1977
Yamaha Motor Corporation, USA, was founded in order to better appeal to the American market and establish a separate identity (from music & electronics) for Yamaha motorized products.


1978
The XS1100 motorcycle (four cylinder, shaft drive) was introduced.
XS650 Special was introduced. This was the first production Cruiser built by a Japanese manufacturer.
Golf Cars were introduced in the USA with the G1 gas model.
1979
YICS (Yamaha Induction Control System), a fuel-saving engine system, was developed for 4-stroke engines.
1980
The new Yamaha Motor Corporation, USA, corporate office was opened in Cypress, California.
The first 3-wheel ATV was sold in USA… the Tri-Moto (YT125).
The G1-E electric powered Golf Car model was introduced.
1981
The first air-cooled, V-twin cruiser, the Virago 750, was introduced.
1984
The first production 5-valve per cylinder engine was introduced on the FZ750 motorcycle.
Yamaha’s first 4-wheel ATV, the YFM200, was introduced in the USA.
The Phazer snowmobile was introduced. Known for its light weight and agile handling.
Yamaha begins marketing Outboard Motors in the USA.
1985
The V-Max 1200 musclebike hits the streets.
1986
Yamaha Motor Manufacturing Corporation of America was founded in Newnan, Georgia.
1987
A new exhaust system for 4-stroke engines, “EXUP,” was developed to provide higher horsepower output throughout an engine's powerband.
Yamaha introduces personal watercraft...the sit-down WaveRunner and the stand-up WaveJammer.
Yamaha Motor Manufacturing Company begins Golf Car and Water Vehicle production for USA and overseas markets.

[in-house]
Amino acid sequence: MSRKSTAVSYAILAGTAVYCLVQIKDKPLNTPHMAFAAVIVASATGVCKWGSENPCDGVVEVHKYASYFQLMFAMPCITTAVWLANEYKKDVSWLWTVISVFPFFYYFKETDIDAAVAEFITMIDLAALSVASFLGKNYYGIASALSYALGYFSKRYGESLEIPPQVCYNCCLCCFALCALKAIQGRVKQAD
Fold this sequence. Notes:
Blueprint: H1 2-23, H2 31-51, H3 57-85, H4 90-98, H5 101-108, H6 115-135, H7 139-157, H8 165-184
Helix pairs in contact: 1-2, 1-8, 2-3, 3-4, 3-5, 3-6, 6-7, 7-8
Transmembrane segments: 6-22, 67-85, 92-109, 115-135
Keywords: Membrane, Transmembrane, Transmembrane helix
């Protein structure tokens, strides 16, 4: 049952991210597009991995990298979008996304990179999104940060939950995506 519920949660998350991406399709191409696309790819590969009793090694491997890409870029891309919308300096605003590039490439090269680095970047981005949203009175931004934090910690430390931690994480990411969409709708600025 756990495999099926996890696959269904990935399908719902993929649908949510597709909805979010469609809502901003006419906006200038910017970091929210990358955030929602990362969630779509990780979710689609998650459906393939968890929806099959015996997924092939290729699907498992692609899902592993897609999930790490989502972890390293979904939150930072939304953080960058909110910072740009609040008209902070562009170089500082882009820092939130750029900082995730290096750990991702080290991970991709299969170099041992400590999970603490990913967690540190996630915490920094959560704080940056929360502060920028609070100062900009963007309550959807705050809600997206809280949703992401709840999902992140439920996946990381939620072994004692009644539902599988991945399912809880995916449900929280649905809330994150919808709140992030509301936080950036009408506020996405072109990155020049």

1992
The Vmax-4 Snowmobile (2-stroke, four cylinder) was introduced.
1994
Yamaha expands its product offerings by acquiring the Cobia boat company.
1995
The Century and Skeeter boat companies are acquired by Yamaha.
1996
Yamaha introduces its first Star model with the 1300cc, V4 Royal Star.
Tennessee Watercraft produces Sport Boats and later, the SUV WaveRunner.
1997
Yamaha acquires the G3 boat company.
At the Newnan, Georgia, manufacturing facility, the first ATV (the BearTracker) rolls off the assembly line.
Yamaha opens southeastern offices in Kennesaw, Georgia.
1998
The YZ400F four-stroke motocross bike was introduced. This was the first mass produced 4-stroke motocrosser.
The YZF-R1 sport bike was introduced. It set the standard for open class sport bikes for several years.
The Grizzly 600 4x4 ATV with Ultramatic transmission was introduced.
The EF2800i generator with Pulse Width Modulation (PWM) was introduced. PMW allows use with equipment that requires stable frequency and voltage.


2000
The Buckmaster® Edition Big Bear 400 4x4 was introduced. This was the first ATV with camouflage bodywork.
2002
The F225 Outboard was introduced. It was the largest 4-stroke Outboard at the time.
The FX140 WaveRunner (1000cc, 4-stroke, four cylinder) was introduced. The world's first high performance 4-stroke personal watercraft.
2003
The RX-1 Snowmbile (1000cc, 4-stroke, four cylinder) was introduced. The world's first high performance 4-stroke Snowmobile.
2004 Rhino Side x Side model introduced. Combined performance, terrainability, utility capabilities, and take-along-a-friend convenience to lead the way in a new category of off-road recreation.